Thursday, November 25, 2010

Must apply good sense

Sometimes, it seems, when I am trying to lose weight, that a good rule to follow is: If the food is enjoyable and I like it, then it is bad for me and I should avoid it.  Of course, since food is a major part of life, that rule makes my life darker and darker, less and less fun.  At some point, I usually drop the rule and start wolfing cheese danish and pecan pie and anything else that has been lurking in my subconscious.

I do have to use judgment, I do have to manage myself so that I get some pleasures and some calorie omissions.  Similarly, in reading and weighing arguments and problems, such as climate worries, financial fears, political and social problems, I have to use judgment in deciding what I think, how I will live and how I will vote.  But sometimes, it seems that if an article or argument is stunning, arousing, exciting, deeply moving or something along those lines, it is probably rather slanted.  It may be very slanted, very one-sided while emphasizing the need to do this or avoid that.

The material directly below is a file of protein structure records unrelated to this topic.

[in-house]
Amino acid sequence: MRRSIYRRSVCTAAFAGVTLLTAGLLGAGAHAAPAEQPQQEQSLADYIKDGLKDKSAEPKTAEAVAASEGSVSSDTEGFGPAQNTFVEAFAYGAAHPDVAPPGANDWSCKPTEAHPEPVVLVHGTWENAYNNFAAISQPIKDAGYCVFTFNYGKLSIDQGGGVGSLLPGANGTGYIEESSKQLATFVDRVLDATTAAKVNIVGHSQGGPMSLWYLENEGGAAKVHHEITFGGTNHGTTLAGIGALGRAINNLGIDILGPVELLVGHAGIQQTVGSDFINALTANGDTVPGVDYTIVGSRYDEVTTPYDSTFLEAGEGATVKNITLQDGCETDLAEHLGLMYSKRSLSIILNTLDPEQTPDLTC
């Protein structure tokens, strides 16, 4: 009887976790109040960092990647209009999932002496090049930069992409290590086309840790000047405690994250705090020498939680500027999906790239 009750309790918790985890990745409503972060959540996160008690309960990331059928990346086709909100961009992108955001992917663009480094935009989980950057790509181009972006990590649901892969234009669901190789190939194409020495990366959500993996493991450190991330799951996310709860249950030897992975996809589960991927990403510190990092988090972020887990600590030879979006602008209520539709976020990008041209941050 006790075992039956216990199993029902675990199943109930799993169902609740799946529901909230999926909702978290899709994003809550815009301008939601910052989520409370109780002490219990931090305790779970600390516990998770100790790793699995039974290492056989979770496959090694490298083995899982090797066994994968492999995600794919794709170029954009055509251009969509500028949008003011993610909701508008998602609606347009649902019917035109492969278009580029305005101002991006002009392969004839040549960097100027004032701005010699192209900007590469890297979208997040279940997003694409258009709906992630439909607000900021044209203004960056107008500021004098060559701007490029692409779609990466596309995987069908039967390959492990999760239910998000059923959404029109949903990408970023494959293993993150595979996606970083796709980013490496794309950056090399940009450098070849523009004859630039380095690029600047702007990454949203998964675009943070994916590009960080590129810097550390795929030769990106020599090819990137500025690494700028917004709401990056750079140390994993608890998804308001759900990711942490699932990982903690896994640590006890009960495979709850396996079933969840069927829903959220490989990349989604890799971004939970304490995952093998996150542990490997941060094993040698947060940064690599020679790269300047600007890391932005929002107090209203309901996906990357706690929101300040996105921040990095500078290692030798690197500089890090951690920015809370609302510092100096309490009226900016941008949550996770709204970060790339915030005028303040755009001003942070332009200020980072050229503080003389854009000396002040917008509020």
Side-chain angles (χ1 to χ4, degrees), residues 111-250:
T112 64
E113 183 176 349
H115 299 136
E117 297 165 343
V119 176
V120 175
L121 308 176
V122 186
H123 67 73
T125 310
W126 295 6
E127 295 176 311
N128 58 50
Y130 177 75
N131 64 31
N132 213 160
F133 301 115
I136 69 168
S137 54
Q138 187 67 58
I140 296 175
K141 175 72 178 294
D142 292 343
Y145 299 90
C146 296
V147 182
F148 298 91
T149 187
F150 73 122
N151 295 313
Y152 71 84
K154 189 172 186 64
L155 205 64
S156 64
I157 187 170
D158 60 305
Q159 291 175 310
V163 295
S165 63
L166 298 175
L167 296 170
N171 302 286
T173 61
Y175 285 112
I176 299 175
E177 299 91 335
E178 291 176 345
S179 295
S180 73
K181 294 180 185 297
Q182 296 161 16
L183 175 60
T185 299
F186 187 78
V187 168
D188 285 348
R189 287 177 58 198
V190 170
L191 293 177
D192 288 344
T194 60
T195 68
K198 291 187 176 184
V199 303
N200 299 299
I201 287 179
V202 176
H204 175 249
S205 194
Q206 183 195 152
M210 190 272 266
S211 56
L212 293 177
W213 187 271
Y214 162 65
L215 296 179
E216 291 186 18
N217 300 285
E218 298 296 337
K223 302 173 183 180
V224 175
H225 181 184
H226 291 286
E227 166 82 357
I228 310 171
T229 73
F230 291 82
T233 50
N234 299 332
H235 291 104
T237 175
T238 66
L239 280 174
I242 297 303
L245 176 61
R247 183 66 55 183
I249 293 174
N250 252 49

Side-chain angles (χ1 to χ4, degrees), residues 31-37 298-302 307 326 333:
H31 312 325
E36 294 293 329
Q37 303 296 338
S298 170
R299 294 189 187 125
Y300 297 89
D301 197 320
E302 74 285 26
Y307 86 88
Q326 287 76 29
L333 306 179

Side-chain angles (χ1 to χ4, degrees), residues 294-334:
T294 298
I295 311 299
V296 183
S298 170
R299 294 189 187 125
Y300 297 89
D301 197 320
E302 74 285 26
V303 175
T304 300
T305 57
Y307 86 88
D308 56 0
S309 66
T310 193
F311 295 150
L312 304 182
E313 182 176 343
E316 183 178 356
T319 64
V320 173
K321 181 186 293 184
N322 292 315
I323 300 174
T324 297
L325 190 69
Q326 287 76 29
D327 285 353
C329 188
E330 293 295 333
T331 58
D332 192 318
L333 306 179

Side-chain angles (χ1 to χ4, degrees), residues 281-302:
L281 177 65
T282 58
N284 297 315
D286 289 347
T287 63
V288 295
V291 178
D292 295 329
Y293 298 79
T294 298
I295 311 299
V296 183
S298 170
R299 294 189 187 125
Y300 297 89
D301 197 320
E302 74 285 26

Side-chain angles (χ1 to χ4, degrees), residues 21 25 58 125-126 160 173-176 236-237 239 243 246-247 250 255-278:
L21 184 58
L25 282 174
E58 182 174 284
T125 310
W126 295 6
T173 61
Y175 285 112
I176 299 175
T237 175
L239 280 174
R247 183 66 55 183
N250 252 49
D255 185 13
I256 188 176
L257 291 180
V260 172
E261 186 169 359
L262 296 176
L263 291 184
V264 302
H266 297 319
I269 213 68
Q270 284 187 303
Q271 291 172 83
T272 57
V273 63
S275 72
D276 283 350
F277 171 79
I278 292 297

Such is my reaction to the movie "Waiting for Superman" after reading the excellent review by Diane Ravitch, "The Myth of Charter Schools".  I am not surprised that Ravitch makes some impressive points on the omissions and slants of the movie.  Whenever I hear a politician or theorist discuss the state of the nation's educational system, I expect the statement to be either worthless or slanted or both.  The writers for the movie seem to have missed several important points.  Ravitch's main criticism is that it implies that charter schools (schools that don't have to conform to the rules of that state's education department and are often operated by private, for-profit organizations).  Ravitch, a professor and well-qualified and thoughtful education researcher, points out that many charter schools show results poorer than the public schools in the same area.  To my mind, the most important point she makes is that it has been shown that WITHIN SCHOOLS, the most important factor in a child's high performance on standardized tests seems to be the child's teacher, accounting for 7.5 to 10% of the result.  BUT, BUT, BUT overall, the biggest factor anywhere, in or out of the school, is the child's socio-economic level, that is, the wealth and social class of the parents.  That factor accounts for 60% of the result.  As a former education professor myself, I say any child may get a good education in any school IF the child, the parents and the teacher work to achieve that end, regardless of standardized tests.

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